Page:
Comparing Kosovo to N. Epirus

A few thoughts about the relation between the two issues as expressed by “OMONOIA’’s members:

In Kosovo, during Tito’s era the Albanians used to enjoy broad autonomy as much in the first level local self-governance as in educational, cultural and religious field with due respect for all their rights. They used to have education, independent from the central government –even that of college level-, their own newspapers and radio stations while they were allowed in high proportion to participate into the Public Order and Security minion. Of course, that was reduced in the beginning of 90’s by Miloseviç. Upon the broadly known events (NATO’s bombings)  the Albanians are just a step before declaring independence particularly of territories considered as the heartland of the Serbian nation although the last 50 years the Albanian element eventually have outnumbered any other population group.

On the contrary, in N. Epirus there stands a situation absurd and one-sided in relation to what the Kosovars enjoy:

1)      After 15 years of “democracy” in Albania, no official and effective census that would take into account any national, religious and cultural traits among Albanian citizens has ever been conducted. This would allow the systematic registering of N. Epirotans (grecophones, albanophones as well as vlachophones) and in turn give them the opportunity to manifest their identity through such a census.

2)      The Albanians, relying upon Hohxa’s laws, recognize as minority area (although without granting it full rights in violation of relevant O.S.C.E. and U.N’s. provisions) only 99 villages in 3 counties of N. Epirus. All remaining areas (Argyrokastro, Korytsa, Chimara, Premeti, Leskoviki, Ag. Saranda) are by no means recognized thereupon  Greek children should not be entitled in learning their motherland’s language and history while under Hohxa’s regime even speaking Greek was strictly forbidden. It’s very interesting to know that Albania has persistently refused the opening of a Greek school in Chimara while in Korytsa such license was granted but under a private school’s status with a view to preclude recognition of any Greek element in the area.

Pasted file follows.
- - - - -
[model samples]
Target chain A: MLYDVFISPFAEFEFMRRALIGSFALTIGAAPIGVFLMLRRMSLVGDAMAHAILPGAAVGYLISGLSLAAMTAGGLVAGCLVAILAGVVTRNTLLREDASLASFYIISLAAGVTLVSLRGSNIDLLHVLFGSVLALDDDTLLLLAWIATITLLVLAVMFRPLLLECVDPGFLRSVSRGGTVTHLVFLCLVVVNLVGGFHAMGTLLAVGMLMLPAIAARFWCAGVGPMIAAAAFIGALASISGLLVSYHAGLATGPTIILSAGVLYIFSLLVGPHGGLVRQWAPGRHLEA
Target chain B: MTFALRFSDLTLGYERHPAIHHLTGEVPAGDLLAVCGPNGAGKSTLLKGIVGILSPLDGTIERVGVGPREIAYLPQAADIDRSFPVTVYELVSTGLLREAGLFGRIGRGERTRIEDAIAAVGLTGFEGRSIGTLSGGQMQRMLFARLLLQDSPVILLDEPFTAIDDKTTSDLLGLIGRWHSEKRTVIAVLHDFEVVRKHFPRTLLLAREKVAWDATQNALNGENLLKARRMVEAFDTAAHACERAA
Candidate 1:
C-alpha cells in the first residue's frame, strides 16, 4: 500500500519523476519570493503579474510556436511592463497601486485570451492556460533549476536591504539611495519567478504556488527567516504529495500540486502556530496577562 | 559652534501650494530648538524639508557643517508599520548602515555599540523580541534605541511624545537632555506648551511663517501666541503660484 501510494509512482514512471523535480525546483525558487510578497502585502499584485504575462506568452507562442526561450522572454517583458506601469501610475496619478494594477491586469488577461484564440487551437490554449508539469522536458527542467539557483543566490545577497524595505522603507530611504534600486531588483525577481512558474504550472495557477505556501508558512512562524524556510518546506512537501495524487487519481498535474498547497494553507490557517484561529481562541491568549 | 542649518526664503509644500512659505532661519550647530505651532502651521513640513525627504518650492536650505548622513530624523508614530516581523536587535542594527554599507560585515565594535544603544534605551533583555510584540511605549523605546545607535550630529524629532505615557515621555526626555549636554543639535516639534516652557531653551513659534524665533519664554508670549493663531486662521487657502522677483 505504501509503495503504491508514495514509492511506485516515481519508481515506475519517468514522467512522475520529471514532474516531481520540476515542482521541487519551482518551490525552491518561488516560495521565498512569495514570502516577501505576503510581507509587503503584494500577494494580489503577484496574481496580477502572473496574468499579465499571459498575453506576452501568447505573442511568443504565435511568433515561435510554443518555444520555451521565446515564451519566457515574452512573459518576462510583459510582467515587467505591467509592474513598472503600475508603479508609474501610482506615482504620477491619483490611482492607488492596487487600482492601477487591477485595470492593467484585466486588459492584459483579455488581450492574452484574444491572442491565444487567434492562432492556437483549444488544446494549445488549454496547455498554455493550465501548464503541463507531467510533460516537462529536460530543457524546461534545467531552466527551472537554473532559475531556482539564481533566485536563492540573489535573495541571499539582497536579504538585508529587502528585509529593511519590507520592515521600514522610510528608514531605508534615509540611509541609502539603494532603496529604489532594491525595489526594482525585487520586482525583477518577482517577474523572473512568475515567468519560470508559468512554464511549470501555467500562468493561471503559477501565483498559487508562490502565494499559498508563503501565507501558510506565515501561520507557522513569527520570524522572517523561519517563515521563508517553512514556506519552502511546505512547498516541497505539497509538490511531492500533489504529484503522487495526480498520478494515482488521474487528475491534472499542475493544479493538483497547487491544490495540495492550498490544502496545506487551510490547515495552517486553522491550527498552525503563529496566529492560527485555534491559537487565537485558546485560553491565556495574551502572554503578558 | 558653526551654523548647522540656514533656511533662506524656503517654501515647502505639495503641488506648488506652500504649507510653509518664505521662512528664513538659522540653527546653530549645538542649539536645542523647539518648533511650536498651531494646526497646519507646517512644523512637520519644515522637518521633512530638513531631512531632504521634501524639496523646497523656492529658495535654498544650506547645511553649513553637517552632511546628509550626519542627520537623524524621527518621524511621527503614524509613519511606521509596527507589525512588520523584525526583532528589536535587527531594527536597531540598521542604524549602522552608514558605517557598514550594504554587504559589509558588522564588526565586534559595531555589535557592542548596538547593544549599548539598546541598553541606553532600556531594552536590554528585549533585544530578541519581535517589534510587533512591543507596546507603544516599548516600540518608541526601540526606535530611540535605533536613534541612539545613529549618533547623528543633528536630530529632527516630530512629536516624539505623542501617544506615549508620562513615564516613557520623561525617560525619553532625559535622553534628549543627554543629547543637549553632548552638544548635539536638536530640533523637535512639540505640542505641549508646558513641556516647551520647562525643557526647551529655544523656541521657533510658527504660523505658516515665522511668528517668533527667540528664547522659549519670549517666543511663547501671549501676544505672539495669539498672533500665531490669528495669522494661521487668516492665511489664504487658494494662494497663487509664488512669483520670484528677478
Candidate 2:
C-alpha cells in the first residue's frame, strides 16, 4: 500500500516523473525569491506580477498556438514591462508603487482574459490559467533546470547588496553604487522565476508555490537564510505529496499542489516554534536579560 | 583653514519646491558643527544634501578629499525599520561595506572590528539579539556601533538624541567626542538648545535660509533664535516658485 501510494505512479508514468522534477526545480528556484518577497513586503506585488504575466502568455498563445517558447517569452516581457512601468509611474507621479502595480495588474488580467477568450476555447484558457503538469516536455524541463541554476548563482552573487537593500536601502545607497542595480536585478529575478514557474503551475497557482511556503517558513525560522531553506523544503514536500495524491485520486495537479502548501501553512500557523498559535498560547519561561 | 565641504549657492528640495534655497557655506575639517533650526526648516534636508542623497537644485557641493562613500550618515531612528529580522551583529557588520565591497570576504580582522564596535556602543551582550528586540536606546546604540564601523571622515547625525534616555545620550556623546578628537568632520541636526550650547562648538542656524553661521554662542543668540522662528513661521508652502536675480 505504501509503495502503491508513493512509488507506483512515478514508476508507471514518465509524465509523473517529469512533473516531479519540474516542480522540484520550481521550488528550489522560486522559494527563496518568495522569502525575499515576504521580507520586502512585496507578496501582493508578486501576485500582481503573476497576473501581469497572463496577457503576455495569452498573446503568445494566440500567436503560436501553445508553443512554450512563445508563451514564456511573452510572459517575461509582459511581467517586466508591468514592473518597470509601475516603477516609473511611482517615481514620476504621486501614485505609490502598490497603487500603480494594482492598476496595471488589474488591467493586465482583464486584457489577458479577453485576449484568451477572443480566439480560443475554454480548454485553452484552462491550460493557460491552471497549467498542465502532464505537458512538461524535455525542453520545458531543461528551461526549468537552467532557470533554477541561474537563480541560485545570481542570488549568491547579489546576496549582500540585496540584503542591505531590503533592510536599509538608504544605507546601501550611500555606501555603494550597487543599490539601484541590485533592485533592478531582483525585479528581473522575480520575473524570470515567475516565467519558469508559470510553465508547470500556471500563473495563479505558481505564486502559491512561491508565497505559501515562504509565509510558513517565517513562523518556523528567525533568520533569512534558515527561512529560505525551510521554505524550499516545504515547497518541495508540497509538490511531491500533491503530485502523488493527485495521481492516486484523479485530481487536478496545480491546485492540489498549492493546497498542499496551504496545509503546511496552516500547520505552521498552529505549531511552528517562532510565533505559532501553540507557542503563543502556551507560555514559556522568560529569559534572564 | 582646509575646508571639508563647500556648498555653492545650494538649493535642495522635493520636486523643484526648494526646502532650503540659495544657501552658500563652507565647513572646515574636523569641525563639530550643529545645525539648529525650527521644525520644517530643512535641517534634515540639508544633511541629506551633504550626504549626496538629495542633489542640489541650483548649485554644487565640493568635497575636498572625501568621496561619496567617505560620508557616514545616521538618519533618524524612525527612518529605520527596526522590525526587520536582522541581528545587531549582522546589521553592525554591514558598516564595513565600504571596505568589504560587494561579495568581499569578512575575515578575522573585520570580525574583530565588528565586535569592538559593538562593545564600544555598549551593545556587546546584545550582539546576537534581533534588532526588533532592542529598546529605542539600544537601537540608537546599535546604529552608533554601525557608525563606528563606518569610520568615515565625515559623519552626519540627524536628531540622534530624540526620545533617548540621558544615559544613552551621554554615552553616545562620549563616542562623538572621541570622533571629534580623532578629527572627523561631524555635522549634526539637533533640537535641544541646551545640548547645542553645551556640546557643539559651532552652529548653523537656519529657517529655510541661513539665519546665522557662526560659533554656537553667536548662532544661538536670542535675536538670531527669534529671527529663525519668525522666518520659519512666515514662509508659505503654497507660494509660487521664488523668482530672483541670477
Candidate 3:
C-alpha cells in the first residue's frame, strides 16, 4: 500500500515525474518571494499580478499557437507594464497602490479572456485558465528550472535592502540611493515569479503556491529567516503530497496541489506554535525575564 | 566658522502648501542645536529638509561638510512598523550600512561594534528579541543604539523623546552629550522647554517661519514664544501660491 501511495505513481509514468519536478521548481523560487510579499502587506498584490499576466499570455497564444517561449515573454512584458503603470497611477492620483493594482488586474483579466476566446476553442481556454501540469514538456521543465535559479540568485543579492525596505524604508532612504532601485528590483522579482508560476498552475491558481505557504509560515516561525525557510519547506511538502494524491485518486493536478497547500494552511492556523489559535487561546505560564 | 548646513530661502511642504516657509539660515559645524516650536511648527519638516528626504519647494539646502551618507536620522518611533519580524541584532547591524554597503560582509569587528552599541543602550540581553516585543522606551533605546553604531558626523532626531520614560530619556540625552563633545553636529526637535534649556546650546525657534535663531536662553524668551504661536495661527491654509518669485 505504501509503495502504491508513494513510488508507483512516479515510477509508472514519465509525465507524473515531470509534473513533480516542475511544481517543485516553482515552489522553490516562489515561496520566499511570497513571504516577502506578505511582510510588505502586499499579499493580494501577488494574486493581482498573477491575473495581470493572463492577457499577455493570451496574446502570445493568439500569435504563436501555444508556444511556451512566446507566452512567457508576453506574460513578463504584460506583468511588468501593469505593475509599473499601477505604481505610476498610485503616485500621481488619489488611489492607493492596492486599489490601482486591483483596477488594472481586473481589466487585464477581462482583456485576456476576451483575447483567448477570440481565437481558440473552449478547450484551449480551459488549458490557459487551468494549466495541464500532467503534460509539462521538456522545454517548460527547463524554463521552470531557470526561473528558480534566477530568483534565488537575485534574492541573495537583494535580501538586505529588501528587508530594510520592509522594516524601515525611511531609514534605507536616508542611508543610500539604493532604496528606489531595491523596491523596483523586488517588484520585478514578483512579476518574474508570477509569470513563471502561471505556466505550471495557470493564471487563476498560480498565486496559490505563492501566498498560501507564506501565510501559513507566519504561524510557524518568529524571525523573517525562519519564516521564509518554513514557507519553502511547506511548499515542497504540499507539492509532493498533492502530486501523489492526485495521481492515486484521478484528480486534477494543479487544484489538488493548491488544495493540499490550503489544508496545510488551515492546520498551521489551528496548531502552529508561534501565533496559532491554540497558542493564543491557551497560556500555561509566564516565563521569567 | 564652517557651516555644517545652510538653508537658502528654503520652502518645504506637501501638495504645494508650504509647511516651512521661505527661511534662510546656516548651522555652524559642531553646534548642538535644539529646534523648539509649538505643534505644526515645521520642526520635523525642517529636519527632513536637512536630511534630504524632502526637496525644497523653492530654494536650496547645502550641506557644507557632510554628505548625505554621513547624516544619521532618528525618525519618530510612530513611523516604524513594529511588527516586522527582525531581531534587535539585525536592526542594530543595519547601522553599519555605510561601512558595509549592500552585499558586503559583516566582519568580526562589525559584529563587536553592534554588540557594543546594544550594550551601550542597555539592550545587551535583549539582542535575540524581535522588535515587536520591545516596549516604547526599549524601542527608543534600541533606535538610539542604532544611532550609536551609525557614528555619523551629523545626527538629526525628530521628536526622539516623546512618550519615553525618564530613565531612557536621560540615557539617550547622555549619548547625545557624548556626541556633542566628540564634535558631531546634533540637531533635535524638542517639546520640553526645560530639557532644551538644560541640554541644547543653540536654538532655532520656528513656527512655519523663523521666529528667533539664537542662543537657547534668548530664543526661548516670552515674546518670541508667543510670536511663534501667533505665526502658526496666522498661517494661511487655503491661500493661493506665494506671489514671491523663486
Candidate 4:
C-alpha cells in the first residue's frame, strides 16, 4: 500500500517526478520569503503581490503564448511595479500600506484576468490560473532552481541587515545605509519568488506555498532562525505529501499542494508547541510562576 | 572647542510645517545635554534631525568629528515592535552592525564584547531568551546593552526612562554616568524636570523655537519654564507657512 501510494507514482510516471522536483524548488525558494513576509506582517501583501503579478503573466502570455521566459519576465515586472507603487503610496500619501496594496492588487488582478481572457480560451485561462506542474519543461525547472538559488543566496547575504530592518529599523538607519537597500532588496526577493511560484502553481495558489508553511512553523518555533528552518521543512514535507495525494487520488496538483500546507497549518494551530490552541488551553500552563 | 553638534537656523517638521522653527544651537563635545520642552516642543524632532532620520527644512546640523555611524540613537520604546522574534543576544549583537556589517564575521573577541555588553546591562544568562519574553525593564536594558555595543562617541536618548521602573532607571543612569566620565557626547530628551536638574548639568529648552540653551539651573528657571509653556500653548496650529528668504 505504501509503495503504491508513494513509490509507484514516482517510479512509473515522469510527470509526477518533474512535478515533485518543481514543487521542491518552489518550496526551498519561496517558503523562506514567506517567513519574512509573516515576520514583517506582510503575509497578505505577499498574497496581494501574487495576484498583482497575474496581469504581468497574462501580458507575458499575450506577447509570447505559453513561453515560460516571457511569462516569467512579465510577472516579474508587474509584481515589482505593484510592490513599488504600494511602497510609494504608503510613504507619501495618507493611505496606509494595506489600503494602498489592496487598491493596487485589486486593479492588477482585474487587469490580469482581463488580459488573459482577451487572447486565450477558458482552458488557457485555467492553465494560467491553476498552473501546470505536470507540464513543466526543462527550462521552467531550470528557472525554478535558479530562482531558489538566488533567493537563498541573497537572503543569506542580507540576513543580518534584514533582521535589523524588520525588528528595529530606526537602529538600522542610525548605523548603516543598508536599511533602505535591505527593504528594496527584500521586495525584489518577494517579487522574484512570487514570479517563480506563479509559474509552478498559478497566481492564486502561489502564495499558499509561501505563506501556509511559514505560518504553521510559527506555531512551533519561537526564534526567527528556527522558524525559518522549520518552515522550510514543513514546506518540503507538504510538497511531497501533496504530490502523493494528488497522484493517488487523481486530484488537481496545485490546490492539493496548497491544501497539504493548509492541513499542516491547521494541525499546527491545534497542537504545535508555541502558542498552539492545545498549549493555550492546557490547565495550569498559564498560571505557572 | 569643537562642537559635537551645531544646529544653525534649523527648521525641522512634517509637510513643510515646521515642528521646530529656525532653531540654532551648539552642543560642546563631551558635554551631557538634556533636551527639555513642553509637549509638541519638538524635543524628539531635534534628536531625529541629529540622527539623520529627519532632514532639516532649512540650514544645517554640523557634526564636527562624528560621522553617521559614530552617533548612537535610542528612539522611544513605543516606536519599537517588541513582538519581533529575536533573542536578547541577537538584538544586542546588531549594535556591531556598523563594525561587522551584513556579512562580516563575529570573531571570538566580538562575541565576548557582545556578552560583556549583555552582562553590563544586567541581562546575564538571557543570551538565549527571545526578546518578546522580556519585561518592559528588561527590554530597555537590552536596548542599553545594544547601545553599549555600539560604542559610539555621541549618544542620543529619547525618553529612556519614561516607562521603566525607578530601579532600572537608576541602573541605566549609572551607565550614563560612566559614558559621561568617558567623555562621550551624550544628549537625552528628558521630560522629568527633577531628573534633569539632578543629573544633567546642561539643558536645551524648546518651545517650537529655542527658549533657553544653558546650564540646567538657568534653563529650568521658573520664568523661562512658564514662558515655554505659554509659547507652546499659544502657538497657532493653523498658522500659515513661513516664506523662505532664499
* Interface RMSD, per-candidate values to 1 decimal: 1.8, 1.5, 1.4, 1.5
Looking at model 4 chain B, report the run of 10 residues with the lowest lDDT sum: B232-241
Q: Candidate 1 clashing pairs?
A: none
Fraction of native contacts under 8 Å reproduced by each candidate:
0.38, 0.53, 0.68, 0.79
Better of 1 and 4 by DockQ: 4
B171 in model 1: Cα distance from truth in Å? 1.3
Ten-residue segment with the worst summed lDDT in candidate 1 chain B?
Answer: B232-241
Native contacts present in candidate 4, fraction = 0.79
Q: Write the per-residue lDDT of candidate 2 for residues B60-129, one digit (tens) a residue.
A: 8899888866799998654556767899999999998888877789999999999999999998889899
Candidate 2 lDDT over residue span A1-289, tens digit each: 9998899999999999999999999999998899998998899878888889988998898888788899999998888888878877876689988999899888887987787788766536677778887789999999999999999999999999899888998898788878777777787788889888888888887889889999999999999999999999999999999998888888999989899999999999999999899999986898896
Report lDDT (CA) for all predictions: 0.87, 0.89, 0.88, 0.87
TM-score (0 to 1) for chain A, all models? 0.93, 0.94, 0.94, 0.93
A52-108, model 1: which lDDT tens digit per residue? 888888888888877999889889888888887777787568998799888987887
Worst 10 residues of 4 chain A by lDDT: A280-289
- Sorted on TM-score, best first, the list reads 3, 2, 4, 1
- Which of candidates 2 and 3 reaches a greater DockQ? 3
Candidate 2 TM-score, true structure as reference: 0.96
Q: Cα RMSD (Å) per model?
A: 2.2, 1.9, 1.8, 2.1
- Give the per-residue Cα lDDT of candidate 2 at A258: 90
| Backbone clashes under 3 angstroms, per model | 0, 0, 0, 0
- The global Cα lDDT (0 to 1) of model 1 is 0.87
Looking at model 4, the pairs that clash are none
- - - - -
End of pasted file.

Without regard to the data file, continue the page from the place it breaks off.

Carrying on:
3)      However even in the field of civilization, the Greeks of N. Epirus every day witness their archaeological monuments (Vouthroto, Apollonia, Antigoneia  etc) - documents of an over -3000- year-old radiant history- either to be desolated or to be usurped by Albanians as their own heritage after having destroyed Greek inscription on them.

4)      In the field of religion, there certainly exists the Church of Albania however it has not been fully rendered its holdings back while on a weekly basis there has been a remarkable account of burglaries, robbing and damages to chapels and churches, mainly where the Greek minority area rests on.

5)      Last but not least remains the issue of the Greek villages’ holdings that have always been at the mercy of the Albanian judicial authorities or the greed of any local agent who may covet them.  Deprived of their holdings, the Greek villages have been economically strangulated and this being one of the most important reasons (along with the lack of proof and sound scope for enterprising activities as well as the shortage of Greek education for their children) has driven a number of them to seek better chance in Greece.

In all the aforementioned and in a number of other issues for which there is no sufficient space in the context of a brief  article, cry out the abysmal difference between the status of the two areas (N.Epirus –Kosovo) as well as the way the Kosovars eventually managed to hold their future in their own hands, by taking advantage of the favorable environment internationally. Unfortunately, Greece spasmodically acting has come to the point of rather watching the N. Epirotans who still live in their land to fight an uneven battle against the Albanian state while Greece stops short at single reactions, inadequate to positively affect the environment and in turn offer a real hope to our Greek brothers. If indeed would anyone compare our stance to the way our eastern neighbors defend –substantial and insubstantial- minorities related to them upon long-term planning , we should  then feel totally ashamed.

F.K. President SFEVA  Regional Committee of Thessaloniki, Autumn 2005 (published in

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